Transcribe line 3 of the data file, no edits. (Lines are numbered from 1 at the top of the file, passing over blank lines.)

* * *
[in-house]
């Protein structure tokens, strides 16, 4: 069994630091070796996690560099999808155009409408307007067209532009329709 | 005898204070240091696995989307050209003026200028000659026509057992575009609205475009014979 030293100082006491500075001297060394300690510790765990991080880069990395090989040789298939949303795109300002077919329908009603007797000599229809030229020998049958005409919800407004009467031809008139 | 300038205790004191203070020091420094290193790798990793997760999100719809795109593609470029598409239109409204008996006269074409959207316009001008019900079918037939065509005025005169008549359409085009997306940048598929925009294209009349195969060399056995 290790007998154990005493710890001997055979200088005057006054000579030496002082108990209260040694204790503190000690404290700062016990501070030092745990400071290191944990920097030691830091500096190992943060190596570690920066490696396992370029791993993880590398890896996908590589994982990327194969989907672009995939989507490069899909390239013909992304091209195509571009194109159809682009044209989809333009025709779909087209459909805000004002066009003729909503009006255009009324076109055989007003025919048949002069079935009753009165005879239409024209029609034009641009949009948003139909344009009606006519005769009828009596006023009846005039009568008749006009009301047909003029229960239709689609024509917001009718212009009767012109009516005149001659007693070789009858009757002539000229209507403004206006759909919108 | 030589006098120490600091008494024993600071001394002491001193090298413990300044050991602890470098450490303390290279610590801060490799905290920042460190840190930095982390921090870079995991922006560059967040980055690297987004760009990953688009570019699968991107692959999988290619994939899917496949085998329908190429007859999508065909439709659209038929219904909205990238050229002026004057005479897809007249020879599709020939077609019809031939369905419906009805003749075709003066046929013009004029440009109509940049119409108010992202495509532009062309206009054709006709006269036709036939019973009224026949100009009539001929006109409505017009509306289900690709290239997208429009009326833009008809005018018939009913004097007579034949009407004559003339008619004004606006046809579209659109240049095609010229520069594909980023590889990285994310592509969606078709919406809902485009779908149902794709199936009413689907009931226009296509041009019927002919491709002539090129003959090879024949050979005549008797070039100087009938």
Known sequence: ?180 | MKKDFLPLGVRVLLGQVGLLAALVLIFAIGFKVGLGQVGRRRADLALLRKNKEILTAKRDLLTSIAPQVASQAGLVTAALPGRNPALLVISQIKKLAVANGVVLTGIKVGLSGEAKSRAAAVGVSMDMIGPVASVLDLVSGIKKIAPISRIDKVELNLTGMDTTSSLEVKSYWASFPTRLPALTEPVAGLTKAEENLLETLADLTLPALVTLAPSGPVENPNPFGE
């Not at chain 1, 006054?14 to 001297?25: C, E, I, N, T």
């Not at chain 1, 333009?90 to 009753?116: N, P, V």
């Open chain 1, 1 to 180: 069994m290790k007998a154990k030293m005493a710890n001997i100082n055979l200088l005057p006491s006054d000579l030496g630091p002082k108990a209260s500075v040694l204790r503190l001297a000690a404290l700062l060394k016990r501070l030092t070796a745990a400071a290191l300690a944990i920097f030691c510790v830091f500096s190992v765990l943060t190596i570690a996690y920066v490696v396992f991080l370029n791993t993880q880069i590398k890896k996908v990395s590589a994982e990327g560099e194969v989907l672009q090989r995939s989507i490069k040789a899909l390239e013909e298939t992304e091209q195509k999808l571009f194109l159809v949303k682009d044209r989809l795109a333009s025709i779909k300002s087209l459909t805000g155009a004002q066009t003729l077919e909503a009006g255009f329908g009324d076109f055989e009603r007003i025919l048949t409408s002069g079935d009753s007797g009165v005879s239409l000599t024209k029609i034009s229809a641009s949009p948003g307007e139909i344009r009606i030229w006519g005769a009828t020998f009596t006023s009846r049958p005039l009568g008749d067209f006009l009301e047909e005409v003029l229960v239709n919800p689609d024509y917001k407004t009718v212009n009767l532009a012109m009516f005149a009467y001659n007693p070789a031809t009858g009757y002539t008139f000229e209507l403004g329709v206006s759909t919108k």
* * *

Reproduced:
Known sequence: ?180 | MKKDFLPLGVRVLLGQVGLLAALVLIFAIGFKVGLGQVGRRRADLALLRKNKEILTAKRDLLTSIAPQVASQAGLVTAALPGRNPALLVISQIKKLAVANGVVLTGIKVGLSGEAKSRAAAVGVSMDMIGPVASVLDLVSGIKKIAPISRIDKVELNLTGMDTTSSLEVKSYWASFPTRLPALTEPVAGLTKAEENLLETLADLTLPALVTLAPSGPVENPNPFGE